August 31, 2009 at 4:29 AM
I am excitedly awaiting some new etudes, which I know lots of people have war stories about.
I’m currently starting work on Jakob Don't Etudes and Caprices Op 35. I have the Schirmers’ edition and the IMC’s. Berkley gives a good explanation of the purpose and use for each caprice in the Preface, but does anyone know of additional analysis and interpretation?
I’m not wishing to be a “serious violinist” and I don’t want to be competitive to the point of arrogance or stress inducing comas, but I would like to increase my technical abilities to my own satisfaction, so long as I have time.
I think I'm really looking for motivation as I work my way though the difficulties of each section (anyone have some fun war stories of anecdotes that they could share for motivation). I don't currently have a teacher and very much need some feedback.
In time, I would like to ask for peoples experiences about a few other etude books. I’ve put together a set from advice from other members on this site (Buri Bravati and other helpful people).
Lastly, does anyone suddenly lose all hope and feel as if they are “re-arranging deck chairs on the Titanic”, upon sight reading the G flat Fantasia #24? I feel I don't have the stamina to learn it (I initially felt this way starting Kreutzer but have overcome most of the material). I know most will say its absolutely important (Why work in the key of G flat?) but with Rhode, Kreutzer, Gavinies, Wieniawski for future and continued work, I feel overwhelmed. I do feel I have a positive experience in my etude practice, and there are plateaus and learning curves and sudden joyous improvements. I’m looking for that next plateau to work on. Is DONT an answer? Any suggestions that are positive and helpful are greatly appreciated. Thank you for your kindness and understanding.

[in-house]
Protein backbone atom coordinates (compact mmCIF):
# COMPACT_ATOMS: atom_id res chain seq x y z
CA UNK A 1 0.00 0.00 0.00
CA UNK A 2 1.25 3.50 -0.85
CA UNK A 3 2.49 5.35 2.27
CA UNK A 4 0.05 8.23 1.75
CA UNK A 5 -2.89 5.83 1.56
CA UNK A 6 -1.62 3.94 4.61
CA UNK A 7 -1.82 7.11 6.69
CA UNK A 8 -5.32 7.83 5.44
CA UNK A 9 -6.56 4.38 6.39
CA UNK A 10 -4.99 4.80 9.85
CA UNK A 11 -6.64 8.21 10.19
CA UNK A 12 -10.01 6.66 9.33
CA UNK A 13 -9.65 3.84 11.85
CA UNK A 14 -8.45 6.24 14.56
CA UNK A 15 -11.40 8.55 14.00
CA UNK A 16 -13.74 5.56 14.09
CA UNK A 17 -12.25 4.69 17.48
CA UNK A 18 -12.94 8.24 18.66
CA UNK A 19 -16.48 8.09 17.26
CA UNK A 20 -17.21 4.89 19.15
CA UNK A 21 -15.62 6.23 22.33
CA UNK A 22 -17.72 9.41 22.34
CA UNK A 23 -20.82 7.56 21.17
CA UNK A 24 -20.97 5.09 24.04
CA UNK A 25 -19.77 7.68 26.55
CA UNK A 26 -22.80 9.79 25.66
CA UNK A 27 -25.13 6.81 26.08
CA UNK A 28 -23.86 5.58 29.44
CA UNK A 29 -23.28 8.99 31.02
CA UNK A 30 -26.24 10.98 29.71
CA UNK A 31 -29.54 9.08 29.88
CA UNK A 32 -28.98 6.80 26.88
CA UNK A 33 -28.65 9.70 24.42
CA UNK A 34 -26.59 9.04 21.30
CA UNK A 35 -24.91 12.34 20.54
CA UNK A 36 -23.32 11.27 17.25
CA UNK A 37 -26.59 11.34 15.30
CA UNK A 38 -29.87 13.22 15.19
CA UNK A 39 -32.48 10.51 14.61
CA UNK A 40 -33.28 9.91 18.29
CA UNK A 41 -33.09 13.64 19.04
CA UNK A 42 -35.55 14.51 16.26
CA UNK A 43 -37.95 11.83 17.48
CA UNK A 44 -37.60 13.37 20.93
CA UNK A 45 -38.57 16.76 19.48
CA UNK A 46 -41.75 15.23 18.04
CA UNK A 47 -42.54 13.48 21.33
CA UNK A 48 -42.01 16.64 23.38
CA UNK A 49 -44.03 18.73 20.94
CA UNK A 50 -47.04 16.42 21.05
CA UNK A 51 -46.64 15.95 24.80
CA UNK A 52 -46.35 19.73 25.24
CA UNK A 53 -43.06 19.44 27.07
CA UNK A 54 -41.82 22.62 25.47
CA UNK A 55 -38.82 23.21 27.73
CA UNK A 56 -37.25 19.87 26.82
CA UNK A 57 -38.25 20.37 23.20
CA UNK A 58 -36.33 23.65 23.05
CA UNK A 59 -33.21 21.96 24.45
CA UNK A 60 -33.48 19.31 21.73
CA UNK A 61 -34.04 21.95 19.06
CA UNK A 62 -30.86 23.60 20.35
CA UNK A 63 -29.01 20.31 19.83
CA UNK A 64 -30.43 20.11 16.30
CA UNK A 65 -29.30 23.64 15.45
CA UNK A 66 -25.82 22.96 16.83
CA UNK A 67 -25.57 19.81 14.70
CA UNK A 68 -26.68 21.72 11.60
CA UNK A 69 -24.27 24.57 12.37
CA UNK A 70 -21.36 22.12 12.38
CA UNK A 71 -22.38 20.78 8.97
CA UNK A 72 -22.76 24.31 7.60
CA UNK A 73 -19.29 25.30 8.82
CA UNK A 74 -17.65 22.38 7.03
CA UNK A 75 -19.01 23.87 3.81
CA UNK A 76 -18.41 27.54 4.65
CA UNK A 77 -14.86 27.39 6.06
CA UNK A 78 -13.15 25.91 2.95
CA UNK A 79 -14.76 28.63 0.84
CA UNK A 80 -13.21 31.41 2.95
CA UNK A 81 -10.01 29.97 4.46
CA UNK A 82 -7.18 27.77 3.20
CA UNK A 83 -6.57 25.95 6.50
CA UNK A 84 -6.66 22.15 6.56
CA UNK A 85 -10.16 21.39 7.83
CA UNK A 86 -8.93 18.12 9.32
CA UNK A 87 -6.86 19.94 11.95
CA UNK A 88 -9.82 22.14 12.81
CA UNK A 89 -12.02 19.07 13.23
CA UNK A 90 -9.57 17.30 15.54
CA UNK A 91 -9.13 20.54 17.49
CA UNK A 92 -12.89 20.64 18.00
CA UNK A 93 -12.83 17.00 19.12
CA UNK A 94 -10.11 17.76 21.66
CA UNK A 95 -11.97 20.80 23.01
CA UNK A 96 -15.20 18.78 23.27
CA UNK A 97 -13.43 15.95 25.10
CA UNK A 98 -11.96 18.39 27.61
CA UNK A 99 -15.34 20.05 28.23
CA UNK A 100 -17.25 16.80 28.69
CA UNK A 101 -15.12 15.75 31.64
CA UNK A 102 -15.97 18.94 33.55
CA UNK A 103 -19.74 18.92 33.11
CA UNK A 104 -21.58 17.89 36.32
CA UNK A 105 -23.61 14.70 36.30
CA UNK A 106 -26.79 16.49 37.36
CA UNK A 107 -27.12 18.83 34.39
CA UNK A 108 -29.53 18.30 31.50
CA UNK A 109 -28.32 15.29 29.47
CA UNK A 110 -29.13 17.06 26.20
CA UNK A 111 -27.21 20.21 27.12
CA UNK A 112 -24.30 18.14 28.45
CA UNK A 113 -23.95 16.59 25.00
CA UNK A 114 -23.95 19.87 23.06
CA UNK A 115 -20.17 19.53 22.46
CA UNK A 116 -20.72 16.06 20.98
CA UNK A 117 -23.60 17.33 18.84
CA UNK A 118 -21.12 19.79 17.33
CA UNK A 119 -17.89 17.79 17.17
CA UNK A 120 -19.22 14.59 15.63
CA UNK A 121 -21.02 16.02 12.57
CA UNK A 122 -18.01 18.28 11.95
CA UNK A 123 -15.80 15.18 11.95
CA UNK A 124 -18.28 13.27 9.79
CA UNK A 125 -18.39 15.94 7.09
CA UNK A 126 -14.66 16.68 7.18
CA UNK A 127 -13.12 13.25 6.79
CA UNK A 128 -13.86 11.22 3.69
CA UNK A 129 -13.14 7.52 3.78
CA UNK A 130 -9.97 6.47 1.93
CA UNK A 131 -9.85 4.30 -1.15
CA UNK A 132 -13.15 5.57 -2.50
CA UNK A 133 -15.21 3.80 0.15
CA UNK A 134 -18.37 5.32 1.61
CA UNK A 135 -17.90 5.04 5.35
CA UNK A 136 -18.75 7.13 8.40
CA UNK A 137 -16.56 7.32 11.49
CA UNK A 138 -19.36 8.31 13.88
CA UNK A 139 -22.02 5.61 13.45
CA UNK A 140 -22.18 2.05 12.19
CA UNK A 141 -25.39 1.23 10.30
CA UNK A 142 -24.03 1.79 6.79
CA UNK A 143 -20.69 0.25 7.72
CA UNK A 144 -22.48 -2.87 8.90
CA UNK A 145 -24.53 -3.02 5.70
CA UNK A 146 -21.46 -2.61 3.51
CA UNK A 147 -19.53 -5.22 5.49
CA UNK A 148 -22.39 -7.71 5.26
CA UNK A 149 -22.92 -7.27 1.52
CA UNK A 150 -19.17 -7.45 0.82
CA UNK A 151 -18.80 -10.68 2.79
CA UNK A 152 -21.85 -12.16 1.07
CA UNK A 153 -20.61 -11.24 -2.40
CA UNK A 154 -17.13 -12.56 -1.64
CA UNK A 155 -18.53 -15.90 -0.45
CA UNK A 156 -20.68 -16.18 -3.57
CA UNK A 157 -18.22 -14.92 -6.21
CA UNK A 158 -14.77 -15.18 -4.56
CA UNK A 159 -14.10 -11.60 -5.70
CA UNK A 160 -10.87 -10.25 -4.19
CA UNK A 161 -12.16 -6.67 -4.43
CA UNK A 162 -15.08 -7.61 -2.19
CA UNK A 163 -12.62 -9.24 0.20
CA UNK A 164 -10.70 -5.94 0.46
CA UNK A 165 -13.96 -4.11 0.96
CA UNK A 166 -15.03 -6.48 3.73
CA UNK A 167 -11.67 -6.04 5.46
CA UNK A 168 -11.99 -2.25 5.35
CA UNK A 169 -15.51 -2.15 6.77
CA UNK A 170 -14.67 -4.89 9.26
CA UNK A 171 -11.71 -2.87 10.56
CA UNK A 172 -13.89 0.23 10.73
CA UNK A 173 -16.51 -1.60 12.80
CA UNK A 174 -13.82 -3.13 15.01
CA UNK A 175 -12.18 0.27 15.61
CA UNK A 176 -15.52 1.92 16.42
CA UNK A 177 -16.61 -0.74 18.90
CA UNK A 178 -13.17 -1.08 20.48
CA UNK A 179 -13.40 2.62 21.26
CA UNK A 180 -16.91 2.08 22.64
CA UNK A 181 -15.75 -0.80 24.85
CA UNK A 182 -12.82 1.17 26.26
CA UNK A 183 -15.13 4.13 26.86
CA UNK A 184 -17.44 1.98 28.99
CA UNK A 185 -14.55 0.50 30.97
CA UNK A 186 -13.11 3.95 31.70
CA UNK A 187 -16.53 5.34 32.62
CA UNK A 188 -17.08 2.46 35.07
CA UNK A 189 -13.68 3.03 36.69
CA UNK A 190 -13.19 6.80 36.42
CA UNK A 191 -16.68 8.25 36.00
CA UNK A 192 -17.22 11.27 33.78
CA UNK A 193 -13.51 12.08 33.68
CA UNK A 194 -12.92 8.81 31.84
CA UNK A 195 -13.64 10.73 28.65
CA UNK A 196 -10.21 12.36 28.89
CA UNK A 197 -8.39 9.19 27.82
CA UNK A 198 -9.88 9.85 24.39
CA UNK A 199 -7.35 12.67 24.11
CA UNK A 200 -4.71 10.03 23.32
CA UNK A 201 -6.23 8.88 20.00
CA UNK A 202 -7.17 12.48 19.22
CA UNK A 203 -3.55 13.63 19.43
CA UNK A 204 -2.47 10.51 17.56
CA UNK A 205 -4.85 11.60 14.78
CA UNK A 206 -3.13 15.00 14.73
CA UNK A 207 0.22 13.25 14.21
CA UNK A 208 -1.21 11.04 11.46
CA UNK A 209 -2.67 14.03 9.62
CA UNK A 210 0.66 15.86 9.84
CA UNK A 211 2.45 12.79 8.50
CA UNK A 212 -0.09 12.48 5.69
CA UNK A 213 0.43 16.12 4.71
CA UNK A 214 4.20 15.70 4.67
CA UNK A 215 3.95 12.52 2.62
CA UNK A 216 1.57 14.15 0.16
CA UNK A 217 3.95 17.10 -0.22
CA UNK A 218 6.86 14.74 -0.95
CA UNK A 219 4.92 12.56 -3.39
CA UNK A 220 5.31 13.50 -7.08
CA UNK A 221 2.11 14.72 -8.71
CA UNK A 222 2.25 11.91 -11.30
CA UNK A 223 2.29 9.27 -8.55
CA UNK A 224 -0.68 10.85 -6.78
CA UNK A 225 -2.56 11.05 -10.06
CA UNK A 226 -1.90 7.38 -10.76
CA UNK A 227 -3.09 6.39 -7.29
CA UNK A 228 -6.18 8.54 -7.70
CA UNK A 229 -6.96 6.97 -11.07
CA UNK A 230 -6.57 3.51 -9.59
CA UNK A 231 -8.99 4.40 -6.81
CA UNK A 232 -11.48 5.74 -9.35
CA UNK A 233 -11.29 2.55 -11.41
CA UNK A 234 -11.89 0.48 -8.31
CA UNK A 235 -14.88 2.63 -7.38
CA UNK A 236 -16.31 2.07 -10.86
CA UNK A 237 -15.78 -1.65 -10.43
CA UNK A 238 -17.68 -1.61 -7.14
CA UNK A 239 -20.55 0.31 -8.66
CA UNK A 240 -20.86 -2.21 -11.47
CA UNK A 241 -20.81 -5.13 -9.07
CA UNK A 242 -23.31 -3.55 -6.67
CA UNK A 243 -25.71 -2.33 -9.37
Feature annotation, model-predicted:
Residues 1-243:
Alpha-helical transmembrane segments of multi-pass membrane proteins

This entry has been archived and is no longer accepting comments.
Violinist.com is made possible by...